-- Provided by Marsha Clark, Author, Coach, and Facilitator of Leadership Development
“After all, when a stone is dropped into a pond,
the water continues quivering even after the stone has sunk to the bottom.”
Arthur Golden, Memoirs of a Geisha
I am currently co-facilitating with a competent and compassionate colleague, Mia Mbroh. She has supported others through some of the most extreme traumatic events such as the Oklahoma City bombing, school shootings, and various forms of abuse. In the latter years of her profession, she has chosen to focus time and efforts working with organizations and individuals where varying degrees of trauma are occurring daily. I have learned a great deal from her. This paper is a collaborative effort reflecting our individual and now our collective work. When you couple that with what our world and nation has experienced in the last few years, it can be a bit overwhelming. The following information is offered to help you better understand trauma and ways you can create conditions in your organization and family to recognize, acknowledge and reduce those trauma-inducing conditions.
What is trauma?
The experiences of the last sixteen months have been horrific. We have lost loved ones to a deadly virus amidst a global pandemic. We have witnessed racial strife and political upheaval. At a very personal level, we’ve been confined to our homes, many have lost jobs, feared eviction, and even experienced significant food insecurity. These events have reflected a life experience where our sense of safety and security has most certainly been undermined.
How have we responded in our attempt to reconcile this suffering? As we have experienced, observed, and read about, we’ve responded in a wide range of ways. Mask or no mask? Vaccine or no vaccine? Stay home or travel about? And so many of the heroes and heroines were in the throes of trying to save lives and provide essential care to those in need. Talk about stress and trauma! (See my previous paper entitled “My Reality, My Response” to learn more.) And the services we may have previously taken for granted were a huge challenge – online versus in-person school, grocery shopping, religious services, daycare, graduations, weddings, birthday celebrations, and even funerals and memorial services. In short, our lives were uncertain, unpredictable and we felt ‘out-of-control’.
Recent months have been horrific, and these traumas were often piled on top of the traumas of our lives pre-Covid, pre-2020. And I want to speak specifically to the experience of women, people of color and any marginalized group. As many reading this will know, I’ve spent the last twenty plus years delivering leadership programs targeted specifically to women. It is through that work that the following thoughts are offered. I integrate Mia’s work and insights with my work and insights. Lots of light bulbs went off for me as I made new connections and then declared, “No wonder!” I invite you to consider and apply this information to your own life experience. It is applicable to each of us in myriad ways.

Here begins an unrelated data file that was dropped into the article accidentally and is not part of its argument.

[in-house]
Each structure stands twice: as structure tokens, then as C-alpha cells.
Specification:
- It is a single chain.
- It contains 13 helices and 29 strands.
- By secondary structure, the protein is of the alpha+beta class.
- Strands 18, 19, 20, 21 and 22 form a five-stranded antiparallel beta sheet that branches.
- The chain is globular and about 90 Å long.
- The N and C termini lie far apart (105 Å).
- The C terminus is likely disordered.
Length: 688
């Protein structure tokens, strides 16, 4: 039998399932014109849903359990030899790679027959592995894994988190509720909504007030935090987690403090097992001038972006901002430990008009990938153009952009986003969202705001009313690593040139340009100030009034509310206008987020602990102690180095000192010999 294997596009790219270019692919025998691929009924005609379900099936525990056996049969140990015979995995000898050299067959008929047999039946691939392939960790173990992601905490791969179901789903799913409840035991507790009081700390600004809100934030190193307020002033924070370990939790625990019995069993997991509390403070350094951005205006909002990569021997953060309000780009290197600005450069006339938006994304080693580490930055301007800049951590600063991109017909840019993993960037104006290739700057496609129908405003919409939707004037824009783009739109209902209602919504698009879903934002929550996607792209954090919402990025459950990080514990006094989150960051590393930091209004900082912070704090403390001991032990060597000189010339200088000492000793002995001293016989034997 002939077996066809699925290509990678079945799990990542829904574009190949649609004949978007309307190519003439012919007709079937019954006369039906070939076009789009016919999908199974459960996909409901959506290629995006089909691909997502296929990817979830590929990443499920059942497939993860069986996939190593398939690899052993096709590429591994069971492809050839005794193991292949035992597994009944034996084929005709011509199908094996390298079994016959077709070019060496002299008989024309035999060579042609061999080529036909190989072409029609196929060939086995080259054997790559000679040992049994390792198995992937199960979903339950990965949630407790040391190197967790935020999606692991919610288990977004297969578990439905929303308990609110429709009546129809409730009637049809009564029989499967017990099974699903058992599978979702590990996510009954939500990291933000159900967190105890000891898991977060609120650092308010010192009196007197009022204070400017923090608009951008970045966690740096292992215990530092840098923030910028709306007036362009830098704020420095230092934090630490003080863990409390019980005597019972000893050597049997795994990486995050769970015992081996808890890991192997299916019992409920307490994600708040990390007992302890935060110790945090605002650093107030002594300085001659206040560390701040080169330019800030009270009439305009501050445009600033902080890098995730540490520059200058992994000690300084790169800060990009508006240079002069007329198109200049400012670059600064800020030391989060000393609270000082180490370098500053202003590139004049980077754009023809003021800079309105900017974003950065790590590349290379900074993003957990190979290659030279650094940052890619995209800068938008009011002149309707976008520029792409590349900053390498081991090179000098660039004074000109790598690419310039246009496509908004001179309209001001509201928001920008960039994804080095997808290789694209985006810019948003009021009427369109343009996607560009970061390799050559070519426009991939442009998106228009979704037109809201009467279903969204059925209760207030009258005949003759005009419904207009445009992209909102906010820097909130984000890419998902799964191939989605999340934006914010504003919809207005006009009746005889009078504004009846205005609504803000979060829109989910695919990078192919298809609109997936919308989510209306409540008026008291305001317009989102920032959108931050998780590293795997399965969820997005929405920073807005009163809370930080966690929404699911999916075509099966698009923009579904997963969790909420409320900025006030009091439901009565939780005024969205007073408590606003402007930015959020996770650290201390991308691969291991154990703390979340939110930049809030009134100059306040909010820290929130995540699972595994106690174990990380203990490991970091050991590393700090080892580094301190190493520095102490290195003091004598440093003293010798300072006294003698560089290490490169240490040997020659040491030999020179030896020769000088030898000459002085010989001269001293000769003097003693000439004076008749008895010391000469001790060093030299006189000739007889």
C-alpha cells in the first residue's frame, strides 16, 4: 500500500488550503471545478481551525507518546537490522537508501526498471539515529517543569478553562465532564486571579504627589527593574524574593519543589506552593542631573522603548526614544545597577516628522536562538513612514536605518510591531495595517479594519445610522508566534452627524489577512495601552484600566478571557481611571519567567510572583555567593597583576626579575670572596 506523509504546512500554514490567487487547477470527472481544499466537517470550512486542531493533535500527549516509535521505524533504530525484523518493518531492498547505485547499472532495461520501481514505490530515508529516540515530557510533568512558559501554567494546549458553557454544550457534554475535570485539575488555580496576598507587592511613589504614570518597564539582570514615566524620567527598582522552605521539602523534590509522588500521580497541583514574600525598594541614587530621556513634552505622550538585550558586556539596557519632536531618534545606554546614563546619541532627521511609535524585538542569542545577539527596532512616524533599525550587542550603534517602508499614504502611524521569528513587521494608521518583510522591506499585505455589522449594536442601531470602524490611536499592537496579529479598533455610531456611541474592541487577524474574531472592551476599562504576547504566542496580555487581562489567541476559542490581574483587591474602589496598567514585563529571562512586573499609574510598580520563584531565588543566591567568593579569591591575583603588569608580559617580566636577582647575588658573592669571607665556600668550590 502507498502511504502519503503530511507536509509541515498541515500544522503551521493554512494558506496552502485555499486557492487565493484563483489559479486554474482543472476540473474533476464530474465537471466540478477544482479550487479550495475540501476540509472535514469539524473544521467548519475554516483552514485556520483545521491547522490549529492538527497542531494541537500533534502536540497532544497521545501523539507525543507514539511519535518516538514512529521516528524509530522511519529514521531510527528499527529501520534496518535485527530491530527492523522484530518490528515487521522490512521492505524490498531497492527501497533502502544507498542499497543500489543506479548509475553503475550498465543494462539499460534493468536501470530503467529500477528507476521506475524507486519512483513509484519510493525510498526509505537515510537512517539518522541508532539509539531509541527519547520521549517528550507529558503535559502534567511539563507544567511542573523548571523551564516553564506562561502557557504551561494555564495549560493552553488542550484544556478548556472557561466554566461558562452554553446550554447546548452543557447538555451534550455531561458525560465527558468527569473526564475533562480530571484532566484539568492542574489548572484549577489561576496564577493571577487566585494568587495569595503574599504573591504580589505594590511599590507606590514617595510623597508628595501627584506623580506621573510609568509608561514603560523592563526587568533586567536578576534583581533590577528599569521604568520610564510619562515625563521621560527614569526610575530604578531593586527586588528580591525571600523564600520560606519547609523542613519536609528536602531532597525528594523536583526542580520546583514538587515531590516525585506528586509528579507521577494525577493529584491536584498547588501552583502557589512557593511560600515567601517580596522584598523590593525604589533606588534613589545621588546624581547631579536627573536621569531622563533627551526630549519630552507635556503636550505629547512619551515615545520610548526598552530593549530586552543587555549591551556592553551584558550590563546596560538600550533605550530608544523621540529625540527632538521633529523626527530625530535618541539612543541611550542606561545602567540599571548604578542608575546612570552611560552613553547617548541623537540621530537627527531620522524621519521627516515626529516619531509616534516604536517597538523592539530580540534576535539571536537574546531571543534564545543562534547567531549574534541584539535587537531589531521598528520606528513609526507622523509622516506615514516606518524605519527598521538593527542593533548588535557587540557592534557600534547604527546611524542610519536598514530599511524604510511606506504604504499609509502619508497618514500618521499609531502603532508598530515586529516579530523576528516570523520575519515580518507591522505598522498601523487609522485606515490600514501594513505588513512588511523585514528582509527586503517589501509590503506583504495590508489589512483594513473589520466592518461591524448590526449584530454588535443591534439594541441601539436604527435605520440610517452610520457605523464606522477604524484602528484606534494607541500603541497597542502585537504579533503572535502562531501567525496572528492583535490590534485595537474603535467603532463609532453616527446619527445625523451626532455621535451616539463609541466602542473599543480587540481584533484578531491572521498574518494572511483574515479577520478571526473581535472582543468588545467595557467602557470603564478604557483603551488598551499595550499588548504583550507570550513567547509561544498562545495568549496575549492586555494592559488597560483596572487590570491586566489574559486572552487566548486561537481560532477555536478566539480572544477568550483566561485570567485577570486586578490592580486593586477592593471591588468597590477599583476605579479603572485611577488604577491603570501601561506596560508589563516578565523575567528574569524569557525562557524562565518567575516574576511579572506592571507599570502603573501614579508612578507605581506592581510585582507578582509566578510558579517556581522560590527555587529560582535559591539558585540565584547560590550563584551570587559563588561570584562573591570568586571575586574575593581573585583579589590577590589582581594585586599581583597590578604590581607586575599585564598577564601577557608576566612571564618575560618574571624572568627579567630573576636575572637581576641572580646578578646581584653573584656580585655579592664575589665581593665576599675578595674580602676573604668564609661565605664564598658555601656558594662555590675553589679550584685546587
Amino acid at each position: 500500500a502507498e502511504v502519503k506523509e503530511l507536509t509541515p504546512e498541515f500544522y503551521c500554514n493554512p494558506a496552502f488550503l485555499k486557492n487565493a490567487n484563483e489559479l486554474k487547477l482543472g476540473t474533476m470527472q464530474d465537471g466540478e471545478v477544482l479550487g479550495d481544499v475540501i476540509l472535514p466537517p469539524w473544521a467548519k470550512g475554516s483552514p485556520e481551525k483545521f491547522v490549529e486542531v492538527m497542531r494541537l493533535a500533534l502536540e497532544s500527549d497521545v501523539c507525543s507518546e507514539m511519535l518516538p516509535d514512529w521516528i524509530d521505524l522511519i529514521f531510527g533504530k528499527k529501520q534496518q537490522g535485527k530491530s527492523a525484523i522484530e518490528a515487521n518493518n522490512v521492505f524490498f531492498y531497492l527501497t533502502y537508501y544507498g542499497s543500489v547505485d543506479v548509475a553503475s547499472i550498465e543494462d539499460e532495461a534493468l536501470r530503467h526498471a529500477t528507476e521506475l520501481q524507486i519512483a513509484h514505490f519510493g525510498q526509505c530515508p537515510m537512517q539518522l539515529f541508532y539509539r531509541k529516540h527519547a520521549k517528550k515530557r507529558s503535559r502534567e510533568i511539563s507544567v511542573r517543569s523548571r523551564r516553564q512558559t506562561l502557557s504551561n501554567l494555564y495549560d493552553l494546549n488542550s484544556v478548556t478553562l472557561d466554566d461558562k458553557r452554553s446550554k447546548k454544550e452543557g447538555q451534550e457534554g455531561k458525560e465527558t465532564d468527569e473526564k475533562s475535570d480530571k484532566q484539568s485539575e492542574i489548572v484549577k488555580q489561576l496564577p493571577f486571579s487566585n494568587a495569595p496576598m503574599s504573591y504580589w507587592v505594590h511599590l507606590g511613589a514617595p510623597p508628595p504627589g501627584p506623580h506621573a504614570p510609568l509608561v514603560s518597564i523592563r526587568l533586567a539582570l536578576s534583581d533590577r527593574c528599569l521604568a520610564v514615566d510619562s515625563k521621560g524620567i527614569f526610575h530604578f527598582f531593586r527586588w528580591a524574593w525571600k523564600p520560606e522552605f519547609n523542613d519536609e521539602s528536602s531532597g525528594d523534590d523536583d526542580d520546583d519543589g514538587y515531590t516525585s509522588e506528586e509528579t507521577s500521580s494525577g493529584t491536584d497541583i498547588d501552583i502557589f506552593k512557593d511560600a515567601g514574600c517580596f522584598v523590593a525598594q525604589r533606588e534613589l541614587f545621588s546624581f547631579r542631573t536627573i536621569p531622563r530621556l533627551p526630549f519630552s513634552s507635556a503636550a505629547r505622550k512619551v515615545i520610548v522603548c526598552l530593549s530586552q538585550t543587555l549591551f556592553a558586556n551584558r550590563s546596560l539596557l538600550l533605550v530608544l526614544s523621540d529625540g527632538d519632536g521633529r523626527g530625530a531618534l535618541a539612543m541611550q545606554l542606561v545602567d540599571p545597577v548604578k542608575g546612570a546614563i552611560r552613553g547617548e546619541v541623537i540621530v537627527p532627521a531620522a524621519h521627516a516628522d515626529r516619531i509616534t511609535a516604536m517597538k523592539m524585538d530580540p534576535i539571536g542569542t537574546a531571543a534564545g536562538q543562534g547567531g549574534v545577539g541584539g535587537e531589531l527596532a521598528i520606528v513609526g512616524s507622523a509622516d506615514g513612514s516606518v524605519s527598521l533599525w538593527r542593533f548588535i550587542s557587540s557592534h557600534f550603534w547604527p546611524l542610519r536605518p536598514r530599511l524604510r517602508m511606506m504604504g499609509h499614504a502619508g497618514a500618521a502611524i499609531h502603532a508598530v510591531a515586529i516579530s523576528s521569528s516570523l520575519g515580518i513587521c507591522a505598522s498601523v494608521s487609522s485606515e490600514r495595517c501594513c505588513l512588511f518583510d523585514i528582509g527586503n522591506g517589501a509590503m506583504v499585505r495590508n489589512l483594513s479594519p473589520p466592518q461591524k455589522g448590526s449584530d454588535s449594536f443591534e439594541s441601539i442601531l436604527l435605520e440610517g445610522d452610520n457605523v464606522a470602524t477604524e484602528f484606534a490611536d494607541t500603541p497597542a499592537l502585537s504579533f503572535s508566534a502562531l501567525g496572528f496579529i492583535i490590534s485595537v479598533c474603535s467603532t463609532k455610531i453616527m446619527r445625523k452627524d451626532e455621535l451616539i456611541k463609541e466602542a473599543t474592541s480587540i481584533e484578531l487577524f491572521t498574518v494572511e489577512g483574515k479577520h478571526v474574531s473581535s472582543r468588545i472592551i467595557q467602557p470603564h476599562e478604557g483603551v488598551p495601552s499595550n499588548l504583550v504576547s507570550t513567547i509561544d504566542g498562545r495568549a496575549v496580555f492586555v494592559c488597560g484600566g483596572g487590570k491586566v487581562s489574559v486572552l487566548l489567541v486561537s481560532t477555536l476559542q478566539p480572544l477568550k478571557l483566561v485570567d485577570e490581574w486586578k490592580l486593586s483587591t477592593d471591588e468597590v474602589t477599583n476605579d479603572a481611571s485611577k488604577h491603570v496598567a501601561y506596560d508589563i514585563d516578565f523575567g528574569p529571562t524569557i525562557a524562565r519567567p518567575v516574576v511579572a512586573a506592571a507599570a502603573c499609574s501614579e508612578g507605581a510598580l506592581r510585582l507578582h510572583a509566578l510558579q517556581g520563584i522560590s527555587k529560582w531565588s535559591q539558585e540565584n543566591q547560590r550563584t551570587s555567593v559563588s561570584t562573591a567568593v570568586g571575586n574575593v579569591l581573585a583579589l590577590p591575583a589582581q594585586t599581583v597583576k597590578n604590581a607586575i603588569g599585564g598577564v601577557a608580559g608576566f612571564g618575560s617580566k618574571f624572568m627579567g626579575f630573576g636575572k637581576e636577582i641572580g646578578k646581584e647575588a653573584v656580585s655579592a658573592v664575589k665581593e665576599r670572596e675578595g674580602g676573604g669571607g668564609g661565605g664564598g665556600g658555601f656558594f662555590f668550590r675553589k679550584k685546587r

A review of history will show again and again that women have predominately been in a ‘less than’ position. Of course, there are exceptions; research is typically reflected in a bell-shaped curve. Women have been quieted, ridiculed, criticized, disrespected, and diminished. We’re born into this experience around the globe merely by being a female.
As women go through life, we develop our own coping mechanisms. It can be ‘stuffing it’ to repress the awful memories. It might be addictions – drugs, alcohol, food, exercise, even work. Her armor or protection may be a hard surface intended to protect to her, and yet, it also prevents her from letting the good things of life in. What a loss! Our families of origin play such an important role in how we experience and manage trauma. If we grew up in a loving, nurturing, and supportive environment, we tend to be much more resilient. I envision it as being cloaked in love. That love is warm, certain, consistent, and deep. As a result, I can handle trauma in a healthier way. For those who didn’t experience this loving early life in our families of origin, it is a very different result. In this case, I envision a thin veil of protection – a veil that doesn’t protect me well at all. Almost everything can penetrate this thin veil. I am much more vulnerable. As with most things, this is a continuum and there are many kinds of layers of protection. I invite you to think about your own means of protection.
If this is our early experience, how do my behaviors show up in my daily life? When Mia shared this list, it was my “no wonder!” moment.
I have heard so many of these words, phrases, and sentiments from women around the world. Admittedly, I had never made the connection to trauma, specifically a woman’s trauma. Thank you, Mia! Let’s discuss each one.
· Fixing Others – This one screams the “should” language. We tell others what they should or shouldn’t do. And we ‘should’ on ourselves all the time. I should have started on this project earlier. I shouldn’t have eaten that dessert. I should have spoken up. I shouldn’t have said anything. Sound familiar? Someone shared this perspective with me many years ago: “Should is could with shame on it.” I have been very conscious of my use of should ever since. I encourage you – don’t should on yourself or others.
· Co-dependency – This is characterized by excessive emotional or psychological reliance on a partner. “Foundationally, it is due to poor concept of self and poor boundaries, including an inability to have an opinion or say no,” says Dr. Mark Mayfield, a licensed professional counselor (LPC).
· Needing to Prove Myself – Throughout my life I have heard the adage, “Women have to work twice as hard to get half as far.” And I have seen and heard many stories that reflect this adage.